The central character of Velvet is Hawwa, and although it is essentially her story that is being told, she does not tell it herself. The third person narrator, the traditional storyteller, gives the novel a unique depth, and plenty of space for passions and emotions along with the very detailed, vivid and sensuous descriptions that abound. It allows Hawwa the freedom to think, to dream, to imagine, to react, to observe, and for readers to watch and appreciate her ups and downs and her conflicting emotions, in a way that would not be possible if she was telling her own story. It is a clever strategy by the author as it creates a kind of distance from Hawwa in which the reader is an observer, able to move to and from and around Hawwa, and to appreciate her sensitivities at different times of her life, as well as build an overall picture of the poverty-stricken and particularly harsh lives of the women living in the huge Baqa’a camp for Palestinian refugees on the outskirts of Jordan’s capital Amman.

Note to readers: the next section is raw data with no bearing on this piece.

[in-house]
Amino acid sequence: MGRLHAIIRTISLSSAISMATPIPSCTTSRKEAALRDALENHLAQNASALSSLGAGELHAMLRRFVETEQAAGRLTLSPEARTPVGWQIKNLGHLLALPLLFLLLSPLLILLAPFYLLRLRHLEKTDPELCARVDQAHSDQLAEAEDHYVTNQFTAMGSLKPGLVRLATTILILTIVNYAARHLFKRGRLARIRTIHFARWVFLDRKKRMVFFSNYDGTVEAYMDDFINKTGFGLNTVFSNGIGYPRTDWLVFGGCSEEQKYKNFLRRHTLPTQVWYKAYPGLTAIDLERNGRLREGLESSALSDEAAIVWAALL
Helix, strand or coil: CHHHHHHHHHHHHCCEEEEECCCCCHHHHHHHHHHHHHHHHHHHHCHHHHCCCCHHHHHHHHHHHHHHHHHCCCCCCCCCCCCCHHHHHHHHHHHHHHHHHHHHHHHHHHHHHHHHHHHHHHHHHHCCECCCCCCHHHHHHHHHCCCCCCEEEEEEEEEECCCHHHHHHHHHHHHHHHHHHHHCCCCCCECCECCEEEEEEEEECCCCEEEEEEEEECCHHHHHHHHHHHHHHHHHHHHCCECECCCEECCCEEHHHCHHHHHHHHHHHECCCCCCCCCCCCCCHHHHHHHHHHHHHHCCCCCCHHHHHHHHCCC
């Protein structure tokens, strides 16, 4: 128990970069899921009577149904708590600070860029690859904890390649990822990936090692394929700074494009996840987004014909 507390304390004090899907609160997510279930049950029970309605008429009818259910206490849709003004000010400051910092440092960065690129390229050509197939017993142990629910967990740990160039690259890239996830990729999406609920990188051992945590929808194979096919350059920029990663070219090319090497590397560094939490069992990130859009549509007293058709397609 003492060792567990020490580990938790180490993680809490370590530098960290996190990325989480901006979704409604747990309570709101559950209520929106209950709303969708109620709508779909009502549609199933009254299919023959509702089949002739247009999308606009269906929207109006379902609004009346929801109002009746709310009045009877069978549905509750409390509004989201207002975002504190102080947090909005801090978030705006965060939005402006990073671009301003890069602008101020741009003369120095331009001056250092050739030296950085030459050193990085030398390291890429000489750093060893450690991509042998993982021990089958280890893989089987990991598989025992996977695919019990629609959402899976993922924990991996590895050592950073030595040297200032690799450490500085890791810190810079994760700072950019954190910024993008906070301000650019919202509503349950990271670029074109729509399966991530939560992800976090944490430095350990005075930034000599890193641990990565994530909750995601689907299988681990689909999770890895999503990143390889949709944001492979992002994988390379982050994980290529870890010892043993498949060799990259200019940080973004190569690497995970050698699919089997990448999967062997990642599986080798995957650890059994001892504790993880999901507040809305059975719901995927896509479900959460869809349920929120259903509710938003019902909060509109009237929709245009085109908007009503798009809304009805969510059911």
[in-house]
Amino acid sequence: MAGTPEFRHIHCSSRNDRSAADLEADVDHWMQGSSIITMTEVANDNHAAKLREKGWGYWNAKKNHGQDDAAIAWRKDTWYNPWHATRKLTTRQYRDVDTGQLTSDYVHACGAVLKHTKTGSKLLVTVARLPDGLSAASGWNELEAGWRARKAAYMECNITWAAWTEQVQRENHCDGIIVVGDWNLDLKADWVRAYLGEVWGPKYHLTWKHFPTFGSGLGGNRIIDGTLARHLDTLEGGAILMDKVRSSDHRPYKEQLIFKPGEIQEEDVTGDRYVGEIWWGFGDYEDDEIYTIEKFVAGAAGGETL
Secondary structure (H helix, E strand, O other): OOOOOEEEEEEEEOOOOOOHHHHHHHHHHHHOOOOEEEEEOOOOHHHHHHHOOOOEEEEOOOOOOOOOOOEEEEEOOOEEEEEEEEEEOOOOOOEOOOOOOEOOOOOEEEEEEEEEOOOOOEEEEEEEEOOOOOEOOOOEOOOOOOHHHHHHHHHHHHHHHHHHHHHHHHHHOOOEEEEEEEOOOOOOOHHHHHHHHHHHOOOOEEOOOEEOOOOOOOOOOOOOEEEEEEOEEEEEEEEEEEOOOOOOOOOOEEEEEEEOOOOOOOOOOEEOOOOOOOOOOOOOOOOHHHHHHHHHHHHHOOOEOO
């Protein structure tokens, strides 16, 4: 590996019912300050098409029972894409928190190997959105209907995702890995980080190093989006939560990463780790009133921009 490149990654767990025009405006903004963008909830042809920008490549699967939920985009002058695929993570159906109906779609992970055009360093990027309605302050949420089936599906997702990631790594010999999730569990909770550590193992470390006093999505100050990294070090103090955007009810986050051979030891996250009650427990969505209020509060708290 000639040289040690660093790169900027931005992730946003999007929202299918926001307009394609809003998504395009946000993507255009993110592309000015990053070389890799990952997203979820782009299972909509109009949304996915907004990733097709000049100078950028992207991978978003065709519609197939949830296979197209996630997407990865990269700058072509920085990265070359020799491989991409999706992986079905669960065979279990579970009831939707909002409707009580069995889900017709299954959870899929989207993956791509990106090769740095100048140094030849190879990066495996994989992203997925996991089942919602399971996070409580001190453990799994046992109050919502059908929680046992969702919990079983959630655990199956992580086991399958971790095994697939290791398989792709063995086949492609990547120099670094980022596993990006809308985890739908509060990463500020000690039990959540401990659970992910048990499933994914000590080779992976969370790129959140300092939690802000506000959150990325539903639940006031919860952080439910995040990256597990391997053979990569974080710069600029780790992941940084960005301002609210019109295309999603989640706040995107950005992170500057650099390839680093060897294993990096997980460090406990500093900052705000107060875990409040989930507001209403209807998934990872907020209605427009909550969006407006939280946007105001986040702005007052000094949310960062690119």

The title itself, Velvet, is a clue that the senses of touch, smell, sound and sight are always in sharp focus and central to appreciating Hawwa’s story. Throughout the novel, which follows Hawwa on what transpires to be her last day on earth, flashback upon flashback slip in to take over the storyline – supplementary narratives that are introduced more as digressions following a particular phrase or place being mentioned during Hawwa’s busy day, rather than unrelated historical back tracks or changes of subject. The flashbacks describe in meticulous detail the harsh and miserable daily life that was in glaring contradiction to Hawwa’s experience of working with talented seamstress Sitt Qamar – who she is apprenticed to when she is thirteen – of the natural world around her, the beauty of fabrics and caring for her sisters, her younger brother and her own children. Accompanying the flashbacks, throughout the novel, are refrains from the songs of Lebanese singer Fairuz, whose lyrics and melodies gave Hawwa strength, so that in spite of the violence and abuse directed against her by her immediate family, she never broke down. She was strong and resilient, looking after her aged senile relatives in their last years – her paternal grandmother and then her own mother.